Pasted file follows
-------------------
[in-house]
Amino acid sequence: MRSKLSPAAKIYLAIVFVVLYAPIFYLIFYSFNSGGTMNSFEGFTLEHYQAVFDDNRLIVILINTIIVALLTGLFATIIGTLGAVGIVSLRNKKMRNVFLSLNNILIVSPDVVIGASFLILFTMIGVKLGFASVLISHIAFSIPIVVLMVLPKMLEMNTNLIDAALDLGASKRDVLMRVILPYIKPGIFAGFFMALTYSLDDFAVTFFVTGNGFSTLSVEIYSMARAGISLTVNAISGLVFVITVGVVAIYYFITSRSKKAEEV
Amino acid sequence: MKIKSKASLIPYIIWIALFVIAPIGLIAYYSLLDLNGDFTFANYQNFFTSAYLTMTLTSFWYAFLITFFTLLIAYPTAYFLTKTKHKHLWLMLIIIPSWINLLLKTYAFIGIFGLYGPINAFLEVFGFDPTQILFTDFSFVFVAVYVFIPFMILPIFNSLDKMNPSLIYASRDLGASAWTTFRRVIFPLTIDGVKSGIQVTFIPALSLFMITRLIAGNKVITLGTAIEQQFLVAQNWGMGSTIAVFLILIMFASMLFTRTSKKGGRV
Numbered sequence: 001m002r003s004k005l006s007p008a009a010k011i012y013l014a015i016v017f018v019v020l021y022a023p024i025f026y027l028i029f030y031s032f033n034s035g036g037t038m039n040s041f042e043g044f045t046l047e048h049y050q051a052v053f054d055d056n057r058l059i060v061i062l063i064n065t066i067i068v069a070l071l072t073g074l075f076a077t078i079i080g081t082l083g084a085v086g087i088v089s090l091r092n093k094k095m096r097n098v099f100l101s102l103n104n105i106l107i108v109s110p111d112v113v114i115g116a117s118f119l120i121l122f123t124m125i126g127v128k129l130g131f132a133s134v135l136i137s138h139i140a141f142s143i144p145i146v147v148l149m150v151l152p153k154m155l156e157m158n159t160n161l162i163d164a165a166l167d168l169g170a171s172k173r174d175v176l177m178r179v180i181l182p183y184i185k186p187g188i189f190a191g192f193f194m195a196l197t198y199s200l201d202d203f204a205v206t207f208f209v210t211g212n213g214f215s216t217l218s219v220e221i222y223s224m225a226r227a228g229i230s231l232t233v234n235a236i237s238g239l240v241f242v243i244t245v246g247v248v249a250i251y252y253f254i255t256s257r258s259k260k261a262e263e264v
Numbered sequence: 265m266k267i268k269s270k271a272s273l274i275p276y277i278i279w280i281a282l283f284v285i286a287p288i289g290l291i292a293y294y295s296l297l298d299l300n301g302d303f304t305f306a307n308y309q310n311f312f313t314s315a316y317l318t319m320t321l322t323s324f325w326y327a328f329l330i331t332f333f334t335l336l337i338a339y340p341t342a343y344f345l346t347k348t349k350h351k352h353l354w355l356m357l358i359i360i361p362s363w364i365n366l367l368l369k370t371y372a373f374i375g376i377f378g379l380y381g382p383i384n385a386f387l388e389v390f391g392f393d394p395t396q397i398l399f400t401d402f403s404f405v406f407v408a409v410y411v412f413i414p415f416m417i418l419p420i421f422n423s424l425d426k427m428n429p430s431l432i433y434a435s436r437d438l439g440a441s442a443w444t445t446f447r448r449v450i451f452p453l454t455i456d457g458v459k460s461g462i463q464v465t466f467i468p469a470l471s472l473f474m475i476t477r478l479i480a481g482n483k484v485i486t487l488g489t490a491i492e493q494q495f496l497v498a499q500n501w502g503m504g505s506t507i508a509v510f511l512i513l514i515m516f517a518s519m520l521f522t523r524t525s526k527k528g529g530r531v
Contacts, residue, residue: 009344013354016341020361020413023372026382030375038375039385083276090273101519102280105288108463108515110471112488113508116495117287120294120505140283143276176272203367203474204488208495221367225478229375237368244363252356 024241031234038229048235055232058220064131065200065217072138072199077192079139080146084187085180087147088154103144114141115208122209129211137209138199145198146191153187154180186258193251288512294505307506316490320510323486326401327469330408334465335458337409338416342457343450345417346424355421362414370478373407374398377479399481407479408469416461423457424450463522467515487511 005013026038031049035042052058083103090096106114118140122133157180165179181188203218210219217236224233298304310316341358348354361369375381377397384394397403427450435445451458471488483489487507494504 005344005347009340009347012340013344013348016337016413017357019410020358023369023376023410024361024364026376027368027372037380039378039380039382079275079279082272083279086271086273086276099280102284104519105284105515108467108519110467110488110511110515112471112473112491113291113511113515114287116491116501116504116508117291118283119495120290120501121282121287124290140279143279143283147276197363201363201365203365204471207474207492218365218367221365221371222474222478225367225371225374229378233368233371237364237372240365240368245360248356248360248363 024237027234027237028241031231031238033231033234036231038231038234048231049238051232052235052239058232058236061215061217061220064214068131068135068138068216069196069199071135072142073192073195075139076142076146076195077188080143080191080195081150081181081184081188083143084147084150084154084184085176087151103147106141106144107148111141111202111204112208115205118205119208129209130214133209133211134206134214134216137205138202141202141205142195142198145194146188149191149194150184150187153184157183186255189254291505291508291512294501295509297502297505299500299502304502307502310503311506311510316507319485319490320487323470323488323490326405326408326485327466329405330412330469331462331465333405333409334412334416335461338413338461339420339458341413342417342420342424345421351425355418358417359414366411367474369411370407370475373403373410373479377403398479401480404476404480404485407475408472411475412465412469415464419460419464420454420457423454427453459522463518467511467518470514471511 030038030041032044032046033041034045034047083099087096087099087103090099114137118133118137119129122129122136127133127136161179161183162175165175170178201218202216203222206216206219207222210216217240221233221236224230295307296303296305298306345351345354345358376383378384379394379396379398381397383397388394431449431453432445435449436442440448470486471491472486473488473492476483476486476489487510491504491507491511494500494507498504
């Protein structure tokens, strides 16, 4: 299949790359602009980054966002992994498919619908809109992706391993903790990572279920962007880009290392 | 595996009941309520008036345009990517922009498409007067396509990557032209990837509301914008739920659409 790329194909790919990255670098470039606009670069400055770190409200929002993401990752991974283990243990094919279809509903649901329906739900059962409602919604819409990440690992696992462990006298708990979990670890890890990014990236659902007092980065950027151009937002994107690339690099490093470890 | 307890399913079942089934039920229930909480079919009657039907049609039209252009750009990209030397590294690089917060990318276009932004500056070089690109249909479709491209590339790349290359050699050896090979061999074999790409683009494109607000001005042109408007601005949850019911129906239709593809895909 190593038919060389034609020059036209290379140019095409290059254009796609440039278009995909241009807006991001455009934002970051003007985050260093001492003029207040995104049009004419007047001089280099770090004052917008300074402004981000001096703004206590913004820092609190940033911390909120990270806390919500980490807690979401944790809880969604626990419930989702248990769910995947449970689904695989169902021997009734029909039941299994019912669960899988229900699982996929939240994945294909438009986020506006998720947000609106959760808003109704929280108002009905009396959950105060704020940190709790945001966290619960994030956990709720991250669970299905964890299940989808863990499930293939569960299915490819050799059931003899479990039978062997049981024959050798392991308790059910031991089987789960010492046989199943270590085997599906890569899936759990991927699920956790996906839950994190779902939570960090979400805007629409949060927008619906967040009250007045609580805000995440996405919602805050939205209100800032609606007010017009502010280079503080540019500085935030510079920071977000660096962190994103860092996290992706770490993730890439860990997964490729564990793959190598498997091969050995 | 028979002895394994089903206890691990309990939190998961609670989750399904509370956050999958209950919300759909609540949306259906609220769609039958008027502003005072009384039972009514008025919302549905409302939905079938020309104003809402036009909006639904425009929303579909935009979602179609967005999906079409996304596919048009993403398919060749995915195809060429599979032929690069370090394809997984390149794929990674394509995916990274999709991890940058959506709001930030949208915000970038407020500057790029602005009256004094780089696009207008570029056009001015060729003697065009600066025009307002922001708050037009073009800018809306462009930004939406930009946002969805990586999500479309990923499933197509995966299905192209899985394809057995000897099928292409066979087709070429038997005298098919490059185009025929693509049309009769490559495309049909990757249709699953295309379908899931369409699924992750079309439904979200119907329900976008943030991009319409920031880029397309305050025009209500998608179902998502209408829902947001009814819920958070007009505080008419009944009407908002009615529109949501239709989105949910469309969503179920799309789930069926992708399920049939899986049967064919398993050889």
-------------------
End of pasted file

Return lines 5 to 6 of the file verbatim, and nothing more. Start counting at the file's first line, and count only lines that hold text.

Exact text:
Numbered sequence: 265m266k267i268k269s270k271a272s273l274i275p276y277i278i279w280i281a282l283f284v285i286a287p288i289g290l291i292a293y294y295s296l297l298d299l300n301g302d303f304t305f306a307n308y309q310n311f312f313t314s315a316y317l318t319m320t321l322t323s324f325w326y327a328f329l330i331t332f333f334t335l336l337i338a339y340p341t342a343y344f345l346t347k348t349k350h351k352h353l354w355l356m357l358i359i360i361p362s363w364i365n366l367l368l369k370t371y372a373f374i375g376i377f378g379l380y381g382p383i384n385a386f387l388e389v390f391g392f393d394p395t396q397i398l399f400t401d402f403s404f405v406f407v408a409v410y411v412f413i414p415f416m417i418l419p420i421f422n423s424l425d426k427m428n429p430s431l432i433y434a435s436r437d438l439g440a441s442a443w444t445t446f447r448r449v450i451f452p453l454t455i456d457g458v459k460s461g462i463q464v465t466f467i468p469a470l471s472l473f474m475i476t477r478l479i480a481g482n483k484v485i486t487l488g489t490a491i492e493q494q495f496l497v498a499q500n501w502g503m504g505s506t507i508a509v510f511l512i513l514i515m516f517a518s519m520l521f522t523r524t525s526k527k528g529g530r531v
Contacts, residue, residue: 009344013354016341020361020413023372026382030375038375039385083276090273101519102280105288108463108515110471112488113508116495117287120294120505140283143276176272203367203474204488208495221367225478229375237368244363252356 024241031234038229048235055232058220064131065200065217072138072199077192079139080146084187085180087147088154103144114141115208122209129211137209138199145198146191153187154180186258193251288512294505307506316490320510323486326401327469330408334465335458337409338416342457343450345417346424355421362414370478373407374398377479399481407479408469416461423457424450463522467515487511 005013026038031049035042052058083103090096106114118140122133157180165179181188203218210219217236224233298304310316341358348354361369375381377397384394397403427450435445451458471488483489487507494504 005344005347009340009347012340013344013348016337016413017357019410020358023369023376023410024361024364026376027368027372037380039378039380039382079275079279082272083279086271086273086276099280102284104519105284105515108467108519110467110488110511110515112471112473112491113291113511113515114287116491116501116504116508117291118283119495120290120501121282121287124290140279143279143283147276197363201363201365203365204471207474207492218365218367221365221371222474222478225367225371225374229378233368233371237364237372240365240368245360248356248360248363 024237027234027237028241031231031238033231033234036231038231038234048231049238051232052235052239058232058236061215061217061220064214068131068135068138068216069196069199071135072142073192073195075139076142076146076195077188080143080191080195081150081181081184081188083143084147084150084154084184085176087151103147106141106144107148111141111202111204112208115205118205119208129209130214133209133211134206134214134216137205138202141202141205142195142198145194146188149191149194150184150187153184157183186255189254291505291508291512294501295509297502297505299500299502304502307502310503311506311510316507319485319490320487323470323488323490326405326408326485327466329405330412330469331462331465333405333409334412334416335461338413338461339420339458341413342417342420342424345421351425355418358417359414366411367474369411370407370475373403373410373479377403398479401480404476404480404485407475408472411475412465412469415464419460419464420454420457423454427453459522463518467511467518470514471511 030038030041032044032046033041034045034047083099087096087099087103090099114137118133118137119129122129122136127133127136161179161183162175165175170178201218202216203222206216206219207222210216217240221233221236224230295307296303296305298306345351345354345358376383378384379394379396379398381397383397388394431449431453432445435449436442440448470486471491472486473488473492476483476486476489487510491504491507491511494500494507498504